ORLANDO, FLA — Pat Kelsey jumped out at the end of College of Charleston pre-NCAA tournament practice on Wednesday afternoon and grabbed an Amway Center rim. He hung on long enough to swing for a few seconds, much to the delight of the players and staff.
Yeah, not your typical trainer.
“The only way to get to the rim is to win a championship and work your way up,” San Diego State head coach Brian Dutcher said.
Kelsey also did that by cutting the nets in Washington, D.C., atop a ladder with his son Johnny on March 7 to celebrate the Cougars’ first CAA championship since 2018.
Make no mistake, the sting of a 63-57 loss to No. 5 seed San Diego State on Thursday will last for quite some time. No. 12 seed College of Charleston missed a few baskets of a valuable advancing chance to face No. 13 Furman with a Sweet 16 trip down the line.
It would have been the Cougars’ first game as an NCAA Tournament favorite.
Let it soak up your well-worn “The College” sweatshirt.
But a 31-4 season in Kelsey’s second year as College of Charleston head coach raised awareness, raised the bar and raised funds. This was a crucial step in building the program that is likely to pay off as long as the dynamic Kelsey sticks around, and even if he leaves for a more high-profile position.
“That’s why we hired Pat. To bring us a spark and bring us energy, not just with our basketball program but our community. Campus community. City of Charleston. Our staff,” athletic director Matt Roberts said Friday morning at the College of Charleston’s Orlando hotel before the team’s flight home. “Just to raise the bar for what Earl Grant has built. We were just looking for that same next step and that same jolt of energy. And ‘energy jolt’ is definitely what you can use to describe Pat.”
Kelsey, 47, will continue to present himself as a real or perceived candidate for job postings.
Will he run away, like Grant did for Boston College?
Maybe. Eventually. Probably.
Roberts credited the great John Kresse for “building relationships” and setting the mark (NAIA national championship and four NCAA Tournament bids), and Grant for adding to that (the 2018 NCAA Tournament trip was the Cougars’ first since 1999), and Kelsey to “take it a step further”.
This means that working at the College of Charleston is becoming increasingly attractive, giving the school greater leverage if a new coaching search is needed.
Perhaps most importantly this season, raising the bar meant giving impact unprecedented in program history.
Kelsey’s new contract — $5.5 million over five years, down from $3 million over five years — includes $500,000 a year in private funding.
Winning big coincides well with the influx of new Lowcountry residents looking for a sports team to hang on to.
“Being a non-football school makes us unique in the state of South Carolina, where we’re not necessarily competing for fans or donors with Clemson or Carolina or some of the other schools in the state,” Roberts said. . “Actually, some of our fans are also Clemson fans or Carolina fans, or Georgia fans.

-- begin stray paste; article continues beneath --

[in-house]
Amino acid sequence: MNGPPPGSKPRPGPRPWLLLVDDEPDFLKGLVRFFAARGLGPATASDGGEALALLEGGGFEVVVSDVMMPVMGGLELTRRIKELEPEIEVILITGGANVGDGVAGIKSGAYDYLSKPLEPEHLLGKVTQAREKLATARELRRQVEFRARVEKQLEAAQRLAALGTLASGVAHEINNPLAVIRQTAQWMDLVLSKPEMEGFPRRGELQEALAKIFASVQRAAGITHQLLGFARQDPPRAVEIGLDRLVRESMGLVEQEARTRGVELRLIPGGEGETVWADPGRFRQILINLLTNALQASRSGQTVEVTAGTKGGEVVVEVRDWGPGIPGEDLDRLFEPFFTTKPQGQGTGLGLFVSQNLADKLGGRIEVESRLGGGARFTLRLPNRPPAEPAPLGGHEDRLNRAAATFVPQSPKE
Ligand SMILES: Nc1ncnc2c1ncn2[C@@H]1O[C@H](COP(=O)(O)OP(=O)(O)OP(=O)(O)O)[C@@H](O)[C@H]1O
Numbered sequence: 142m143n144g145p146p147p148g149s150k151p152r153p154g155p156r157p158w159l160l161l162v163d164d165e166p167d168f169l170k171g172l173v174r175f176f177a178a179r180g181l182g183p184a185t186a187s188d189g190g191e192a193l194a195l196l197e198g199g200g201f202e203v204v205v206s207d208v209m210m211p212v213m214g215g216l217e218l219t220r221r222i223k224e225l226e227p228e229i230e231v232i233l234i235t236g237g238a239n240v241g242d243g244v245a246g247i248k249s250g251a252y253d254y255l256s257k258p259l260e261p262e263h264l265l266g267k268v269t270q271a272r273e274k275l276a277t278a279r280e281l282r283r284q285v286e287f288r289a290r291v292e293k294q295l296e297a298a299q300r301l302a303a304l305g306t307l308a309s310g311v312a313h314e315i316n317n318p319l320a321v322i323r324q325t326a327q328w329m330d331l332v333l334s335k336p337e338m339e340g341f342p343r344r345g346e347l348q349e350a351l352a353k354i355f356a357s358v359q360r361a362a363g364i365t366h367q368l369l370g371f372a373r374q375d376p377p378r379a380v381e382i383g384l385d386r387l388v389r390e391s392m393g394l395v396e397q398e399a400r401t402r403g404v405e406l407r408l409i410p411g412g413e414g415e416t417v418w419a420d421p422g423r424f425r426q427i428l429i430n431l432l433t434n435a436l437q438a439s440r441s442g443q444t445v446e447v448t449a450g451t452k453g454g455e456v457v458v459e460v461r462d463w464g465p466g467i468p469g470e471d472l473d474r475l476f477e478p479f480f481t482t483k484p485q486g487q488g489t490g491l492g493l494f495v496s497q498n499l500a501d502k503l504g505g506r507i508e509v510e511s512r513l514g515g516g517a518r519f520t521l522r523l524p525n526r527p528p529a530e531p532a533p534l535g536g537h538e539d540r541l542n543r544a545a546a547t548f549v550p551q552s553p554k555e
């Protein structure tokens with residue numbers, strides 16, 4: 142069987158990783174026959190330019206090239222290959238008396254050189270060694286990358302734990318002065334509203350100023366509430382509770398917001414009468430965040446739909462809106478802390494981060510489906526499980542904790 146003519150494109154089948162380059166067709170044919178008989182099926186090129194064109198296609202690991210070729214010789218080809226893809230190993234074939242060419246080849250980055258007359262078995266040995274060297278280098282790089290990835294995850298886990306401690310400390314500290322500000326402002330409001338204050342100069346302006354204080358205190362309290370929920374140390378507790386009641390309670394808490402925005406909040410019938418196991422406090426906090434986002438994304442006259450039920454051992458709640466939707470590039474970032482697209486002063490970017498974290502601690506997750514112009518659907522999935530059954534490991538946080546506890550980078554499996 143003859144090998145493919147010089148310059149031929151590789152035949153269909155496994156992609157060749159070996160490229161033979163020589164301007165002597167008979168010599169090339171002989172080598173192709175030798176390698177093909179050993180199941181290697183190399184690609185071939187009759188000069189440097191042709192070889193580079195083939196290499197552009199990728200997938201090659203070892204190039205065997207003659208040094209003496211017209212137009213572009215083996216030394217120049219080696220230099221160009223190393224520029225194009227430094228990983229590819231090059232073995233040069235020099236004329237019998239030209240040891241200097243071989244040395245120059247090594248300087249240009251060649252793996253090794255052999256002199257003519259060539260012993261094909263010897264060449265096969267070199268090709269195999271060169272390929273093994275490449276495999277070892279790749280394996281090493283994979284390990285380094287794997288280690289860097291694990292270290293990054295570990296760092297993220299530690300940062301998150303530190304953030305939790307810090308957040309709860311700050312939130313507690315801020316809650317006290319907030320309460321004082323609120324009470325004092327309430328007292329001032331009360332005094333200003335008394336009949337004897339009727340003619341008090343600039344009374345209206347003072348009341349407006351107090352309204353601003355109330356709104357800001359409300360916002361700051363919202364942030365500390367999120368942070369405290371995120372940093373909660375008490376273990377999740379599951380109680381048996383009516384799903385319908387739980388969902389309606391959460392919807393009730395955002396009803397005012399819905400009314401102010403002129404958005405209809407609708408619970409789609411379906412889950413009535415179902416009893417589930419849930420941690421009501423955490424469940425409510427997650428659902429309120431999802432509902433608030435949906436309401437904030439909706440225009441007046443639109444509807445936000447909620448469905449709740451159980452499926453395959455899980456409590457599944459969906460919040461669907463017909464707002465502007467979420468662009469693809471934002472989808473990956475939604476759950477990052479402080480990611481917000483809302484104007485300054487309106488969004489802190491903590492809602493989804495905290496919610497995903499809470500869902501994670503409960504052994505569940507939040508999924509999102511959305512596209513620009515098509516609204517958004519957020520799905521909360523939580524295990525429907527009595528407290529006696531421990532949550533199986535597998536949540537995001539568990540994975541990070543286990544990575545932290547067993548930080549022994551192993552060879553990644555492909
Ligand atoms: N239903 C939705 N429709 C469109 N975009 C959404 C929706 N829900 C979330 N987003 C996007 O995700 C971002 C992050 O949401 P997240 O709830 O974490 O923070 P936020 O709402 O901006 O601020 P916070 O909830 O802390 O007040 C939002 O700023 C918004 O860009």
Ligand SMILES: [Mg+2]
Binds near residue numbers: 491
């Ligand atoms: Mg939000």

“A lot of people believe in what we’re trying to build and want to be a part of it.”
Of course, it’s not just newcomers.
Along with Kelsey, the College of Charleston’s success owes its underrated coaching staff, strength and conditioning people, coaches, Roberts, a team led in 2022-23 by four graduate students, the student section, the group, the cheerleaders, the season ticket holders, King Street Merchants, Bill Murray, and Clyde The Cougar (not necessarily in that brown order).
That’s the stuff of nine straight sellouts at the TD Arena to end the season.
Kelsey can surely attract even better players now.
Certainly, the boosters ready to donate have opened new NIL doors.
College of Charleston will never be the “Gonzaga of the East” and such dreamy talk has always been nonsense.
But improved consistency is within reach.
There were 19 seasons between Kresse’s final NCAA Tournament appearance in 1999 and Grant’s breakthrough with Joe Chealey, Jarrell Brantley and Grant Riller in 2018.
Five years later, another NCAA tournament trip.
A little more over the next few seasons is a reasonable goal.
‘It’s really exciting’
Kelsey left the Amway Center late Thursday afternoon saying, “Charleston is rocking. There is a rebound. There’s a vibe on King Street.
He draws a lot of attention to himself with unusual magnetism and giddy tweets from his walks down King Street.
But Kelsey is the real deal, never using covert narcissism disguised as selflessness.
That’s why he rarely goes bananas when the lights are brightest. Look at the relatively calm demeanor during a game. Most coaching is already done by whistleblowing with Kelsey’s signature energy mostly reserved for practices, team meetings, bus rides, one-on-one relationships.
That’s why there’s so much optimism around the program when who knows, in this crazy transfer portal era, who will appear on the College of Charleston roster by the time the 2023-24 season opens?
“We have a big group of freshmen coming in,” sophomore goaltender Reyne Smith said in the locker room at the Cougars’ Amway Center. “Then the returning guys will step up. It’s really exciting that we can continue to build.
Oh, for that shot at Furman.
But there’s worse in college basketball than raising a glass to raise the bar.
Follow Gene Sapakoff on Twitter @sapakoff